Anime warms hearts, breaking them in the process


Throughout the various episodes of this romantic comedy/drama/adventure/fantasy series, I had to frequently remind myself that I am an 18-year-old man that does not cry over anime. This tactic failed miserably. This show has ruined my life in such a beautiful way; it has taken everything happy about life and replaced it with tears, tearing my heart in half and haphazardly stitching it back up with each new wound. This series is titled “Clannad,” meaning “family” or “clan” in Irish Gaelic, and it is very accurately named.

The first season begins with only two characters, Nagisa and Tomoya, entering their junior year of high school. It shows them slowly becoming closer friends and making new friends along the way as well as forgetting some that they grew to know and love. As it ends, new relationships are formed, leading into season two. Season two, also called “After Story”, spans over a five-year period, including graduation, weddings, job-hunting, familial crises, children and a great tragedy that I can’t bring myself to mention.

As an avid book reader and television viewer, it isn’t uncommon for me to bond with characters over time. In the beginning of this show, I was unsure if it was going to happen, as I didn’t relate with many of the characters at first, but as time went on, I felt the all-too-familiar connection slowly forming.

Every new addition to the cast came with a new bond and fear of loss. Every backstory brought forth a flood of emotion as I watched how this character came to be who he/she is. Each event that the characters went through together strengthened or, in some cases, weakened their bonds with each other but only served to make me love or hate them even more. There wasn’t a single character that didn’t have some form of an impact on the story.

Each character also has his or her own sort of theme song; each time they appeared on screen, the music would shift ever-so-slightly into an easily recognizable, yet unique style of sound. The music certainly fit each character’s personality and story. While it seems that the main focus of the series was its characters, they were not the only aspects of “Clannad” that had special attention paid to them.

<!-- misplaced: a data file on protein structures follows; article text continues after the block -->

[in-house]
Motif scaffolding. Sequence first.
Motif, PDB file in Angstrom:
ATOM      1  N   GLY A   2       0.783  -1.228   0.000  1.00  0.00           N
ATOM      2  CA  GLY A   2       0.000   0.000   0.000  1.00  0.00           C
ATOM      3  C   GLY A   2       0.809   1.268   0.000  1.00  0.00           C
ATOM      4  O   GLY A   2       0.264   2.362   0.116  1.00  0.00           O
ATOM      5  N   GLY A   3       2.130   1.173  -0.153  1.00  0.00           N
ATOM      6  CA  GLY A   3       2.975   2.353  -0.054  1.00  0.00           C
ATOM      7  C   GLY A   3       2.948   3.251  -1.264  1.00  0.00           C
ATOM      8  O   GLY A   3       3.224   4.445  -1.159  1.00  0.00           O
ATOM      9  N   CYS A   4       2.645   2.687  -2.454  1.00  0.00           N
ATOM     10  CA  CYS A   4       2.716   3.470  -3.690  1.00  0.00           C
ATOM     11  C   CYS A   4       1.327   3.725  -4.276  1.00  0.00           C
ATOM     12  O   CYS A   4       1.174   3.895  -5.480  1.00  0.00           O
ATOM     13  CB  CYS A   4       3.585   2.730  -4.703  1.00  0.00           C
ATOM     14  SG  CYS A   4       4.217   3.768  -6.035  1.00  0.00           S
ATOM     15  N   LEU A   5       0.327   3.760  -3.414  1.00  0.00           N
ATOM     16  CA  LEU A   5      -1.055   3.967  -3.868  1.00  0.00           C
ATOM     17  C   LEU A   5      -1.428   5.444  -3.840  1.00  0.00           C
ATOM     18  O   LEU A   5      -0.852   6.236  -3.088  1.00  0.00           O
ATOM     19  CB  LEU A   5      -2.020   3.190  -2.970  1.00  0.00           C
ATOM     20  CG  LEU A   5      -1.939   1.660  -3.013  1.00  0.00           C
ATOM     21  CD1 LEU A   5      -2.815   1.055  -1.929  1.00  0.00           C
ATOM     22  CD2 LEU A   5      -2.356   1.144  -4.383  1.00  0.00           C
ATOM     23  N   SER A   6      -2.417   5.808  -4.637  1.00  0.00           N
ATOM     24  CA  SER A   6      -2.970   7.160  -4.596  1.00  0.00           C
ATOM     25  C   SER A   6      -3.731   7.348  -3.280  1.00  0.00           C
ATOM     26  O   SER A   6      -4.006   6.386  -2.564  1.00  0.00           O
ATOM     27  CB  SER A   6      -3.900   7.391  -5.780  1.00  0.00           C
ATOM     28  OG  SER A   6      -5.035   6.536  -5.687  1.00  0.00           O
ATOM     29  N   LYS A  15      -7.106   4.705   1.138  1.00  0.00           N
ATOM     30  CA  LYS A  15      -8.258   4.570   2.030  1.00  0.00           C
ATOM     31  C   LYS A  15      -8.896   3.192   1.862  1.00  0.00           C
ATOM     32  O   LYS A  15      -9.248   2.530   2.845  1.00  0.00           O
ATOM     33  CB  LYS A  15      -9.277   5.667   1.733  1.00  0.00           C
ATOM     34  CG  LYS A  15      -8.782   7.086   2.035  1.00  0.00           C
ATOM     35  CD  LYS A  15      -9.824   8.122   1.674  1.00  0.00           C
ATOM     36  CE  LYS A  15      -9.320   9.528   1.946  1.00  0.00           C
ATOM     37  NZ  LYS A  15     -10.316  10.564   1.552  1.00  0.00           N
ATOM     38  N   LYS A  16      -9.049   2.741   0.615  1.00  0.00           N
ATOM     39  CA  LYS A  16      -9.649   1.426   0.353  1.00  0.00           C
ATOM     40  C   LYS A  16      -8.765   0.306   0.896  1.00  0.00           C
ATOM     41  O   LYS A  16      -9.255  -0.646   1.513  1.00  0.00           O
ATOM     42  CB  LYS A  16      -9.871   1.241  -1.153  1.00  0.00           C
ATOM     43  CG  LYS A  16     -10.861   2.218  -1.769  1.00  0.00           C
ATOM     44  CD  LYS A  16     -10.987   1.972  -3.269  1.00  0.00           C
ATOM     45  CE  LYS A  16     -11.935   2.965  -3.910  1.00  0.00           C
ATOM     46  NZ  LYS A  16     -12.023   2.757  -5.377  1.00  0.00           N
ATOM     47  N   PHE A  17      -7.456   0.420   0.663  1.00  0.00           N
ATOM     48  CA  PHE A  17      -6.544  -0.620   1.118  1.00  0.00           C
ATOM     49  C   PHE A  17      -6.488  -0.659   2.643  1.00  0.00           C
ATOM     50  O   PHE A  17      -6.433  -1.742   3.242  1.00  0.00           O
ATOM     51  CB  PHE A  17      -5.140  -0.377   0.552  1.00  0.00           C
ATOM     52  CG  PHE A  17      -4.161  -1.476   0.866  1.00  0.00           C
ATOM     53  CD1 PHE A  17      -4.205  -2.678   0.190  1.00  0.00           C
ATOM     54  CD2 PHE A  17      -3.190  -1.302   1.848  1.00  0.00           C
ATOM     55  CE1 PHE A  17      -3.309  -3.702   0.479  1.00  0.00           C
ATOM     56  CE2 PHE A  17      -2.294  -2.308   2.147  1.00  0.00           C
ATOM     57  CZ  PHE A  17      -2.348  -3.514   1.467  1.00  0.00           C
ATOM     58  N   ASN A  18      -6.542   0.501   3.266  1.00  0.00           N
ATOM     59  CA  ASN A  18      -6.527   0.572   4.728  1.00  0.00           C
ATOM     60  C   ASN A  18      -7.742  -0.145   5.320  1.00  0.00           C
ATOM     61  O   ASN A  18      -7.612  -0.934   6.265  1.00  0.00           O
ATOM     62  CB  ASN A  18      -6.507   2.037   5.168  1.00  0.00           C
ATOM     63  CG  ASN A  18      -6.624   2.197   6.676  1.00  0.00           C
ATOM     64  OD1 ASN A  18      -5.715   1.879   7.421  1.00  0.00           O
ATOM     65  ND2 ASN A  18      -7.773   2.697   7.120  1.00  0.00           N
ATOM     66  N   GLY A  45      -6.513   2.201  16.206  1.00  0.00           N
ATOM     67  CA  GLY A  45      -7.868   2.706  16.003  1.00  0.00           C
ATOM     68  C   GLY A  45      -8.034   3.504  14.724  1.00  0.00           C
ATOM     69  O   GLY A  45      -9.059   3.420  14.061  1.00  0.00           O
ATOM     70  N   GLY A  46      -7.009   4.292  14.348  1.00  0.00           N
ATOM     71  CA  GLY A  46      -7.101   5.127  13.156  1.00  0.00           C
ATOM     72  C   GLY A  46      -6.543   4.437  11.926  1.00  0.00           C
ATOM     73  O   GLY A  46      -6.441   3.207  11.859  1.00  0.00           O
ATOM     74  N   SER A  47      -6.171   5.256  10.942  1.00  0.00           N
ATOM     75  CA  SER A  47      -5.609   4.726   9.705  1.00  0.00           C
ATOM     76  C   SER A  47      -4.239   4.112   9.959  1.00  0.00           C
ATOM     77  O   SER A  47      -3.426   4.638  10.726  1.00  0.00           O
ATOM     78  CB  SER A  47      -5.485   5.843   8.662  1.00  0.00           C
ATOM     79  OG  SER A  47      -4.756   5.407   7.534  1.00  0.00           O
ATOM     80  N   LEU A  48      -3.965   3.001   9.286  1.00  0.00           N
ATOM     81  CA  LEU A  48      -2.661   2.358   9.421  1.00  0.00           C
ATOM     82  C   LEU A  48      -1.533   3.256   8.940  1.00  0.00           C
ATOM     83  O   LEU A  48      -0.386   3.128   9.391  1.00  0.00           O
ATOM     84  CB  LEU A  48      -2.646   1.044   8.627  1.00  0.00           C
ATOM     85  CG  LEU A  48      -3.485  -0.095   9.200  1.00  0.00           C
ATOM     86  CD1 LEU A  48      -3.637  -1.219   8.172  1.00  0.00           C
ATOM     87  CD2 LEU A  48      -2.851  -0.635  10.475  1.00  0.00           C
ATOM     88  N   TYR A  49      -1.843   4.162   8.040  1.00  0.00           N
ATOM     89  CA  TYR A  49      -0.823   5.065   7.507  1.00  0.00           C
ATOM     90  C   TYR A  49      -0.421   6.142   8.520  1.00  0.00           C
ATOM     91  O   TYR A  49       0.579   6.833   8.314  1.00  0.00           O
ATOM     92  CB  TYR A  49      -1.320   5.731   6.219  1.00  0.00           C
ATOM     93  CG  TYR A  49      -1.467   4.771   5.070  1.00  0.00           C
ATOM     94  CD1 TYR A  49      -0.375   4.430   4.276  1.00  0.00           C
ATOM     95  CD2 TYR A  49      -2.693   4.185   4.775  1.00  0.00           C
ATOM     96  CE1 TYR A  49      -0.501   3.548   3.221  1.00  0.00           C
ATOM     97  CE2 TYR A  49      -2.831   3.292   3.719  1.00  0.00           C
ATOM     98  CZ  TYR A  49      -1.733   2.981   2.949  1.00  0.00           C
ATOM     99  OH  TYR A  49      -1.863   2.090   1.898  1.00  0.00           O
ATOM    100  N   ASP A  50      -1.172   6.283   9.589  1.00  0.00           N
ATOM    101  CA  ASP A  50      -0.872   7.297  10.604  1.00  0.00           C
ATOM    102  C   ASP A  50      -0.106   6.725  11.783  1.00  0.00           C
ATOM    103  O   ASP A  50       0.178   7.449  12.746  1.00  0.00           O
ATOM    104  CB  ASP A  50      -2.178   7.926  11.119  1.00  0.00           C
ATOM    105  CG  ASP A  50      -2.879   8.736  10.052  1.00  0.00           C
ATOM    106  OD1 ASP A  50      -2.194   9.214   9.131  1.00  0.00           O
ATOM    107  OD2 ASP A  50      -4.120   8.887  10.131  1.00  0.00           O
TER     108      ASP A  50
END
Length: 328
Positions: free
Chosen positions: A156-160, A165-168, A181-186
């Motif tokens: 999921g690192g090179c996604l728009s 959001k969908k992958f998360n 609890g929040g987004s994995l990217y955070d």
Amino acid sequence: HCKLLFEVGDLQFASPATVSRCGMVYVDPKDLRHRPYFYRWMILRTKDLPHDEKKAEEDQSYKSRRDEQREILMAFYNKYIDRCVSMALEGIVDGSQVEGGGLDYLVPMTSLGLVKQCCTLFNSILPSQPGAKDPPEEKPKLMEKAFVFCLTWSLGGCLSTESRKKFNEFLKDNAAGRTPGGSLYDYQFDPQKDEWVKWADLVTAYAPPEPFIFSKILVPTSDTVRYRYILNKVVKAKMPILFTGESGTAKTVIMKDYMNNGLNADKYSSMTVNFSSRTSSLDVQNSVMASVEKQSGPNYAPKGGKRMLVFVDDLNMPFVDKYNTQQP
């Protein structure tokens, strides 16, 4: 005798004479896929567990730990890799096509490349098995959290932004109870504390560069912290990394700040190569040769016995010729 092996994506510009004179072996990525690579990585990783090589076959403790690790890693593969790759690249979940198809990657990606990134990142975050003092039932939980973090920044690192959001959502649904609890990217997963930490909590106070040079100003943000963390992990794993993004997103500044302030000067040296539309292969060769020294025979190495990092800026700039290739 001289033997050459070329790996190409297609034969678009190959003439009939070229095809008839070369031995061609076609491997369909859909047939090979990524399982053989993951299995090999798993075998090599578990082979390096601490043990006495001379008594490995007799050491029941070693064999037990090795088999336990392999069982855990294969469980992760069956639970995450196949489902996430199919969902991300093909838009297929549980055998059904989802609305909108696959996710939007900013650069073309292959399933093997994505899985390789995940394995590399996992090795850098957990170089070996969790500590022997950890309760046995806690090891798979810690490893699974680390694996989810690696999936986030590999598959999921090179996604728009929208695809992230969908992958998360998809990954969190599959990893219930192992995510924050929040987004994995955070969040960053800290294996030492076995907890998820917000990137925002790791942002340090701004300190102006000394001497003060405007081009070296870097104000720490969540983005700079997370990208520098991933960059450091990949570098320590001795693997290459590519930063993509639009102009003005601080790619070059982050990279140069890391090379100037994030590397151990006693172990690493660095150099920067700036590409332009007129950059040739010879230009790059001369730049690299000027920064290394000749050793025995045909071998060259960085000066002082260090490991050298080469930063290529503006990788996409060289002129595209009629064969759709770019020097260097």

I am the type of person who always reads the last page or chapter of a book first. I hunt for spoilers — anything that can give me a heads-up on what is to come. It’s not so much the ending of the story that matters to me, but the journey. However, this is one of those stories that I would abhor to have spoiled to me, and that is making it very difficult to discuss the plot without any spoilers.

The story was told in a bizarre way to me. There was often a voice-over from Tomoya, the main character, but he was speaking in the past tense, as if he was telling a story to someone else. This didn’t make much sense to me until the very end.

Another odd story-telling mechanic was the presence of “another world.” It appears commonly at the beginning of most episodes, as sort of a prologue that lasts a few minutes. The theme of this other world usually coincides with the theme of the episode, but this is not always the case. This other world seemed kind of pointless to me with its inconsistency, but, once again, the ending of the series enlightened me.

The other world also features a completely different animation style from the main story, and I desperately wish that this animation style would be featured everywhere. It’s indescribably fluid, and although it is easy to see each individual frame, the beauty of it makes me not care.

This show has taught me that nobody is ever alone on their struggles, and that friendship is truly important in life amongst other cliché yet true things. It has shown me that real friendships last a lifetime, and those whom may have been forgotten may not have forgotten you.

Since “Clannad” is Japanese, it can only be found with either English subtitles or dubbed over in English. Each is good as the lines aren’t changed that much and the voice acting is wonderful either way, once one gets over the poor lip synchronization with the words.

Despite the few drawbacks it has, I never once dwelled on any flaw that I noticed, possibly because there weren’t any flaws that genuinely took away from the series in any serious way. Any minor thing I noticed was simply forgotten in the next scene when some new dramatic or emotional event occurred.

“Clannad” is heartbreak after heartbreak after heartbreak that leaves the viewer with an unconquerable sense of hopelessness, with a few small pockets of joy. While that doesn’t seem very appealing to most, I feel like this series should be mandatory viewing for everyone. It is a beautiful story with wonderful characters and everything about it is spectacular, making it more than deserving of five out of five stars.